An NFL executive admitted that there is a link between chronic traumatic encephalopathy (CTE) and head injuries sustained by football players in the NFL. Jeff Miller, the NFL’s senior vice president for health and safety, made the admission when he appeared before a congressional committee where concussions were the topic of discussion.
The admission by the NFL executive came after Representative Jan Schakowsky asked him, “Do you think there is a link between football and degenerative brain disorders like CTE?”
Jeff Miller responded, “Well, certainly, Dr. McKee’s research shows that a number of retired NFL players were diagnosed with CTE, so the answer to that question is certainly ‘yes,’ but there are also a number of questions that come with that.”
Representative Schakowsky wanted a clearer and more definitive answer.
Schakowsky asked again, “Is there a link?”
Miller succinctly answered, “Yes. Sure.”
What Is CTE?
CTE is a degenerative brain disease found in athletes where impacts to the head are common. Over time, a person who has CTE will begin to lose mass in their brain. Even though parts of the brain lose mass and begin to atrophy, other areas of the brain have been known to swell and increase in size.
CTE patients have also been found to have an increase in a protein known as “tau.” This particular protein is seen to stabilize neurons, but it may become defective, which leads to neurons not working in their proper way.
Symptoms of CTE vary depending on multiple factors. Memory loss, strange and erratic behavior, unable to properly judge situations, periods of aggressive behavior and/or depression, and dementia are some of the most common symptoms associated with CTE.
Diagnosing CTE while a person is still alive is non-existent. The main reason for this is that they symptoms associated with CTE mimic the symptoms of diseases that are more common. Some of the diseases that are wrongly given to people with CTE are Alzheimer’s disease, Parkinson’s disease, or the symptoms are just written off by doctors as the normal progression of aging.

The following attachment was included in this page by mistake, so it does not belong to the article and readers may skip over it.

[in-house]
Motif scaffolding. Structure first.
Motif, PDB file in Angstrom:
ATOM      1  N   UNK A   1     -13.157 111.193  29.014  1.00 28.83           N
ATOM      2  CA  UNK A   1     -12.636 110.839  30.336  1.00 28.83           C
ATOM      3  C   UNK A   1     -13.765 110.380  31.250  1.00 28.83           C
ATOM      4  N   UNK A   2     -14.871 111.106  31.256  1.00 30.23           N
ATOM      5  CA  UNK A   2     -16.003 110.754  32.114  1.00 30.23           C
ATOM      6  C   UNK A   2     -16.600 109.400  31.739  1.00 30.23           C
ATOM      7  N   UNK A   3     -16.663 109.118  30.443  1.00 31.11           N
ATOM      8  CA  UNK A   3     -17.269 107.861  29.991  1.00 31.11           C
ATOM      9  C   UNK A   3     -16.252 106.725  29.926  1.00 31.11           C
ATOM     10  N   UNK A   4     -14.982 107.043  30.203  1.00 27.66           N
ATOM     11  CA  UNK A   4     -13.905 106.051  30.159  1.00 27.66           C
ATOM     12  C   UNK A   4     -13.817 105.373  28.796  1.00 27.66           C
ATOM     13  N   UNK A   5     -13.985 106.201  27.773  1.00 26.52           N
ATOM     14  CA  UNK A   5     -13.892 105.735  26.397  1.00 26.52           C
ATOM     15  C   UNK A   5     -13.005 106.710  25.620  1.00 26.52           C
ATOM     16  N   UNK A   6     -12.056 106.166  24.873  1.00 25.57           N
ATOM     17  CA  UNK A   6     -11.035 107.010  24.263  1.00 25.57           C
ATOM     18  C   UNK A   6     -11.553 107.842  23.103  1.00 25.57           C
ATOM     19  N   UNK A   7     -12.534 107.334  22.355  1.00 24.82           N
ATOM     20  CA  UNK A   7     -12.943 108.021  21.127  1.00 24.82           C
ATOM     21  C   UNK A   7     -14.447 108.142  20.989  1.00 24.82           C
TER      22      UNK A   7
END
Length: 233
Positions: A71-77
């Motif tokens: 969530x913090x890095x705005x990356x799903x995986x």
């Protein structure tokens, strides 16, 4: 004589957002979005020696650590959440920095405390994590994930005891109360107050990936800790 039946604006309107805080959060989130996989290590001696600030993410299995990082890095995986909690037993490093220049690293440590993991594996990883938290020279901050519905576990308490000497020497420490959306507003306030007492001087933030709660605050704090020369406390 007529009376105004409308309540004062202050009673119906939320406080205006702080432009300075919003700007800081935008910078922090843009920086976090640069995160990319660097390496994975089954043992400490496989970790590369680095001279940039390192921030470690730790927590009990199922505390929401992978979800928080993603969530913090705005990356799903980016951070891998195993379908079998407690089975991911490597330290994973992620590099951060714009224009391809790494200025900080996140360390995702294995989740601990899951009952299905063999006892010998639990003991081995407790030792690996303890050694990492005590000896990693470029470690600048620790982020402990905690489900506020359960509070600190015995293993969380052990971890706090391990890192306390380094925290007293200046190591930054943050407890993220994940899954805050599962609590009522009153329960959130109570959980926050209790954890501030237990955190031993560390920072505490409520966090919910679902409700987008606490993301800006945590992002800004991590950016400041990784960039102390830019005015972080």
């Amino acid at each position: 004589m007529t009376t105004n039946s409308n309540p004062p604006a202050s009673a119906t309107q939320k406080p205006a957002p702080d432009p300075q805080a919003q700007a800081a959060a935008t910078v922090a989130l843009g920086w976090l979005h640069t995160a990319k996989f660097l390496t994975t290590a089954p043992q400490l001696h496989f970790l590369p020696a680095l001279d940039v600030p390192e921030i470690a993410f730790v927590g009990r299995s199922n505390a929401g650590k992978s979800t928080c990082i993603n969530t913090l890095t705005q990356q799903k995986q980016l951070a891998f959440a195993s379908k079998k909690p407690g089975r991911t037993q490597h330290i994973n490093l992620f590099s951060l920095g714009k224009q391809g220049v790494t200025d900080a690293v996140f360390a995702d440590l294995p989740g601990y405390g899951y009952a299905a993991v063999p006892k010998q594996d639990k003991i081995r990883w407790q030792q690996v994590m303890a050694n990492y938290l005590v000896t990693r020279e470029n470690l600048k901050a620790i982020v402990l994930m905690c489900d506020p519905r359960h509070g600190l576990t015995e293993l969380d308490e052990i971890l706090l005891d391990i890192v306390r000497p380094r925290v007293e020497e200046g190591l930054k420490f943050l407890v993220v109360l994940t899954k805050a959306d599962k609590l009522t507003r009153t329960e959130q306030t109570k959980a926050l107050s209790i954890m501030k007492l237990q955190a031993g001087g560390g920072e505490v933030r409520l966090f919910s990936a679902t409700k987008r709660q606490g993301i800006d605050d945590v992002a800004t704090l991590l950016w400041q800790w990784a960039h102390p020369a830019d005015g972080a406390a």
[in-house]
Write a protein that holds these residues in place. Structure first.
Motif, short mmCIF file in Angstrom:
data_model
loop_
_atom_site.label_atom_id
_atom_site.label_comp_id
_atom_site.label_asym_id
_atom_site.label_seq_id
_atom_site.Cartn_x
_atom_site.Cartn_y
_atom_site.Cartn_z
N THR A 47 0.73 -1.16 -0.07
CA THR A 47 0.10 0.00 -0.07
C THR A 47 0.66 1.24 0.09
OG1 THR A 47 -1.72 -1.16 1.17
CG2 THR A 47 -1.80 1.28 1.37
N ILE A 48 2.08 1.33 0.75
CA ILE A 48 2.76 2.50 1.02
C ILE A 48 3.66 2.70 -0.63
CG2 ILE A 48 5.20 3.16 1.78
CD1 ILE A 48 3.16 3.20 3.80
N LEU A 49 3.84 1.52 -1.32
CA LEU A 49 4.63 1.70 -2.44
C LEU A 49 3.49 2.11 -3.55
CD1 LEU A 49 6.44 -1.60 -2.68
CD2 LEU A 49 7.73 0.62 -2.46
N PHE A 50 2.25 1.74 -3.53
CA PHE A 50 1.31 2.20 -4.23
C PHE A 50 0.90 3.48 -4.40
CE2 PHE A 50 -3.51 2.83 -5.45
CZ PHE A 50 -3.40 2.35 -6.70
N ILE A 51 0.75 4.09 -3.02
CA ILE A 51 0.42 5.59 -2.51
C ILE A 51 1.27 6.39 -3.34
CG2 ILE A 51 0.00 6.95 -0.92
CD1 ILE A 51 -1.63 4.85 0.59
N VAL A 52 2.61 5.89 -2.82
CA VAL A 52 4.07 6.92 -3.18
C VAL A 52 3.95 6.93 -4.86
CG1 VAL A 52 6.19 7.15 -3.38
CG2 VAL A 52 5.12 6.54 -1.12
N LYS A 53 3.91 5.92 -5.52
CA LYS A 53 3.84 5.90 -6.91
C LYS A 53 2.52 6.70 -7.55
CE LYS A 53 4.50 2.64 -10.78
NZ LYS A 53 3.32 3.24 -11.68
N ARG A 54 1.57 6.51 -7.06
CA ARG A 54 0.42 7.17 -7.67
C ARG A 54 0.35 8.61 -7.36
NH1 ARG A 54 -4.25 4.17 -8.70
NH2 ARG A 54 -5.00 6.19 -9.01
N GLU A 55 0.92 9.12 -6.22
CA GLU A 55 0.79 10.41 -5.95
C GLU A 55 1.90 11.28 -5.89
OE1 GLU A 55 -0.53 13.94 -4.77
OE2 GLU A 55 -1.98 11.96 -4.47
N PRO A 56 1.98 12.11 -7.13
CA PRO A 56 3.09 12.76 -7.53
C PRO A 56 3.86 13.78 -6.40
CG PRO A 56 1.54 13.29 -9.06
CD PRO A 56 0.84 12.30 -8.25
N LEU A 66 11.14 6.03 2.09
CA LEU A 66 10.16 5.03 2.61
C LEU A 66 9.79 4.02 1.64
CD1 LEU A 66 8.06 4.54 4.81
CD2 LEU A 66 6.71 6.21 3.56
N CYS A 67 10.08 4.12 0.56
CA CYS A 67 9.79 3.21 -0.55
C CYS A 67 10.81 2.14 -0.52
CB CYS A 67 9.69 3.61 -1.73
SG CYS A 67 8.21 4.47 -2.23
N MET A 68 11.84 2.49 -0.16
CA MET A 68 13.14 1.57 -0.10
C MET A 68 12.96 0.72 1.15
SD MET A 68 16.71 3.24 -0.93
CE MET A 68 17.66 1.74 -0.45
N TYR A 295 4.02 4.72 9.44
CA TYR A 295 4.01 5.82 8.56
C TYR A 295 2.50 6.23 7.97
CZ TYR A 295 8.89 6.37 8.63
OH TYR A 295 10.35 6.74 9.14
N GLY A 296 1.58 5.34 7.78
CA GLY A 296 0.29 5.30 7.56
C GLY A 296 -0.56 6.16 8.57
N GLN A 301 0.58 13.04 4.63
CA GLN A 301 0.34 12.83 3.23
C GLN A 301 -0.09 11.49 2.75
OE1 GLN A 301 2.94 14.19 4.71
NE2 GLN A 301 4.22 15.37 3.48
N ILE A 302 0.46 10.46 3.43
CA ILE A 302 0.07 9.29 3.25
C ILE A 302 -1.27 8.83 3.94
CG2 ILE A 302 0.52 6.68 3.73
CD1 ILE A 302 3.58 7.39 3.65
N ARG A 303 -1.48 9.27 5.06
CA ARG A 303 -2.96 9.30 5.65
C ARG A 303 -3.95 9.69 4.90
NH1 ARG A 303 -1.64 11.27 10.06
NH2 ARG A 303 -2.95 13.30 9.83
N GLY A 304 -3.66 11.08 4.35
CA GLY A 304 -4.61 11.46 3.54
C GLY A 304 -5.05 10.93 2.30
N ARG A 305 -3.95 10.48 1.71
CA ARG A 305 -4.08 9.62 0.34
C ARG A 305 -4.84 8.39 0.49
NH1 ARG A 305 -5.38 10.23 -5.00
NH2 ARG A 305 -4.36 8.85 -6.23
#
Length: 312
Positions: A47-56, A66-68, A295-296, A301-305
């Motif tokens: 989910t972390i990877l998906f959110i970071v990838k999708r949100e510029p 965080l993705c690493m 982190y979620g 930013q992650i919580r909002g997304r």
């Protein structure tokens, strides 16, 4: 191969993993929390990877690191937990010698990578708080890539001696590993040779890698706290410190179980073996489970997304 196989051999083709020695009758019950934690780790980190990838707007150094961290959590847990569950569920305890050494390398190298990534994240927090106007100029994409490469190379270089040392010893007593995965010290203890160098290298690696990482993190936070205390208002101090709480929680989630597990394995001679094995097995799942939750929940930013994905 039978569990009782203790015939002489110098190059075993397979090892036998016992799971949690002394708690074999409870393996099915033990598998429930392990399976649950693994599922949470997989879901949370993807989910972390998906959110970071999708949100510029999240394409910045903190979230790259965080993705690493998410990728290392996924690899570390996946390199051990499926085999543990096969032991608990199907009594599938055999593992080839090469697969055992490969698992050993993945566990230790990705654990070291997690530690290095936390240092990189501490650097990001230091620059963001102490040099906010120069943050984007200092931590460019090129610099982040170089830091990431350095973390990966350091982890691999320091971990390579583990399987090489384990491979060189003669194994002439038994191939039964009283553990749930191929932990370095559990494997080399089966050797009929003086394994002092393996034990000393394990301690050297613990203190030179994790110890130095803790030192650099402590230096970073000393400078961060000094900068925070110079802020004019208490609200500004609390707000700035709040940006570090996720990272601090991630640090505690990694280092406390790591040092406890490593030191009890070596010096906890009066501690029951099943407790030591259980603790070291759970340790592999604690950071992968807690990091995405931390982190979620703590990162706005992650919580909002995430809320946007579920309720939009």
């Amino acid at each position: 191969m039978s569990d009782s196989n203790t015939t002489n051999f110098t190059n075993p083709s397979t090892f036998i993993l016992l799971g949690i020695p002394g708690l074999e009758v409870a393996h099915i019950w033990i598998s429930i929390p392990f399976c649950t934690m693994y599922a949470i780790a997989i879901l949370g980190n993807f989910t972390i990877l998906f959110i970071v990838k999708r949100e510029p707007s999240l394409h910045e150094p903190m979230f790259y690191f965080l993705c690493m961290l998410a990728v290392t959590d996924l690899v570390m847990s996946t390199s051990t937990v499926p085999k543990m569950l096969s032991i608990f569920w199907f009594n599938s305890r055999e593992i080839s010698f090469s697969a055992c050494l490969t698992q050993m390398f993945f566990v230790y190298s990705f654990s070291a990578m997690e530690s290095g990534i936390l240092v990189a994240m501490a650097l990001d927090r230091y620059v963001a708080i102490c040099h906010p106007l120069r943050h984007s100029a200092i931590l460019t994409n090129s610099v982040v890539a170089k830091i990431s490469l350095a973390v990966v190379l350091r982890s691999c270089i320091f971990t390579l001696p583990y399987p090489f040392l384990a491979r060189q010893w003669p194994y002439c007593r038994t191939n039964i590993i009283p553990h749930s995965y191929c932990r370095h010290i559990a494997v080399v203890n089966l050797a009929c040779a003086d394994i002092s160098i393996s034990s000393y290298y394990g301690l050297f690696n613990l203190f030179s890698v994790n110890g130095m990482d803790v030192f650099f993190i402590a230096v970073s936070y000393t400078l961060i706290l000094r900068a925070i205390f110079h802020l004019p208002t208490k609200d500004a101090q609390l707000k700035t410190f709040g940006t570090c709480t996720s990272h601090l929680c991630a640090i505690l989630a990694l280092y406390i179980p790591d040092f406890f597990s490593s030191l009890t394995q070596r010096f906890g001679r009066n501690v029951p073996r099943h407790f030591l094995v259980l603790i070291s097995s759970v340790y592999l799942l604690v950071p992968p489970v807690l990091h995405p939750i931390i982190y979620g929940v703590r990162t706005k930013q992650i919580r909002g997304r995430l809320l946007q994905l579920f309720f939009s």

CTE is still relatively new due to the fact that the first case was diagnosed just 14 years ago by Dr. Bennet I. Omalu and Dr. Julian Bailes. As stated before, CTE has only been diagnosed during an autopsy. That may soon change now that a grant given to UCLA is being used to determine how much of the tau protein exists in a person who has had multiple head impacts.
- Junior Seau – NFL Football Player – Died at 43-years-old – Suicide
- Jovan Belcher – NFL Football Player – Died at 25-years-old – Suicide
- Mike Webster – NFL Football Player – Died at 50-years-old – Heart Attack
- Justin Strzelczyk – NFL Football Player – Died at 36-years-old – Car Accident
- Chris Henry – NFL Football Player – Died at 26-years-old – Traumatic Fall
- Terry Long – NFL Football Player – Died at 45-years-old – Suicide
- Andre Waters – NFL Football Player – Died at 44-years-old – Suicide
- Tom McHale – NFL Football Player – Died at 45-years-old – Drug Overdose/Suicide
- Chris Benoit – Professional Wrestler – Died at 40-years-old – Suicide
- Bob Probert – NHL Hockey Player – Died at 45-years-old – Heart Failure
- Ryan Freel – MLB Baseball Player – Died at 36-years-old – Suicide
This list includes just some of the professional athletes that have been confirmed to have CTE. Boston University neuropathologist Dr. Ann McKee personally examined and diagnosed CTE in 90 former football players.
Concussion studies have impacted sports from the professional level all the way down to the children’s level. Improvements in helmets and concussion diagnosis are being done in the hopes that head injuries will be on the decline in sports where impacts to the head are likely to occur.
Now that the NFL has admitted a link between football and CTE, what do you think they will do?
[Photo by Bill Chan/AP, File]